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- Subject: Re: Stack traces with tail calls: disabling tail recursion?
- From: Philipp Janda <siffiejoe@...>
- Date: Wed, 26 Feb 2014 10:54:46 +0100
Am 26.02.2014 09:53 schröbte Thijs Schreijer:
Well, you could do something like this:
return notail( func( x, y, z ) )
where `notail` is
function notail( ... )
Didn't test it, but I don't think this would work. The original call remains a tail call which remains indistinguishable, and now there is one more level on the stack, but they all point to 'notail' which is also indistinguishable. So back to square one...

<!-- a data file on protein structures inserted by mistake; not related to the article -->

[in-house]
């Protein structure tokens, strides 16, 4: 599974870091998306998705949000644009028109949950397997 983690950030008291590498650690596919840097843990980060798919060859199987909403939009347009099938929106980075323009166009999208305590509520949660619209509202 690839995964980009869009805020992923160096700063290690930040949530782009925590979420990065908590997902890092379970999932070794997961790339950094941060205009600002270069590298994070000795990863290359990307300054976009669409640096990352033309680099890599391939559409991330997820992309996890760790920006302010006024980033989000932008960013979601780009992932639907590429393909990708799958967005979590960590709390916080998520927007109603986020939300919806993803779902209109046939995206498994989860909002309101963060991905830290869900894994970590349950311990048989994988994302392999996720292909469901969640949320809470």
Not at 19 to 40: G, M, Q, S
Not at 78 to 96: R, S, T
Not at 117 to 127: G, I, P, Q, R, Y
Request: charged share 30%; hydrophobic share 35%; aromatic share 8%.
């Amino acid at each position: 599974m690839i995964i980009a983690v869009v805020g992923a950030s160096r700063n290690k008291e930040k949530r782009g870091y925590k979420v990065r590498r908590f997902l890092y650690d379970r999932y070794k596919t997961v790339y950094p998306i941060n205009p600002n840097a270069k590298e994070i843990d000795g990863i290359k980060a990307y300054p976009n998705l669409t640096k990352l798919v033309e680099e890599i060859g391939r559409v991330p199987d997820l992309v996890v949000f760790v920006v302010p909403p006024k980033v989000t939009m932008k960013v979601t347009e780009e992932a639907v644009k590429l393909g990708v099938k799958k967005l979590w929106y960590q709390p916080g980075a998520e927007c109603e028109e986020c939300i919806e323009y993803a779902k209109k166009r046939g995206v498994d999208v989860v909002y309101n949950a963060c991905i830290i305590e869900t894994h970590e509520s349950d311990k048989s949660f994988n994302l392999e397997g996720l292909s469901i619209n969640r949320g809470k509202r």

Or am I missing something?
The call to `notail` is a tailcall, but that's ok because it is only one
level deep, and it is unlikely to cause an error, so it will never show
up in a stack trace. `notail`s arguments are evaluated before that, so
there can't be a tail call involved there (unless your compiler does
function inlining). It also works in practice, I tested it before posting.
Some preprocessor magic could do the trick I think.
Disabling it is easy by piping your code through the C preprocessor
(`#define notail( x ) x`), but adding the `notail` calls in the first
place is more difficult. I'd probably do that manually using a vim macro.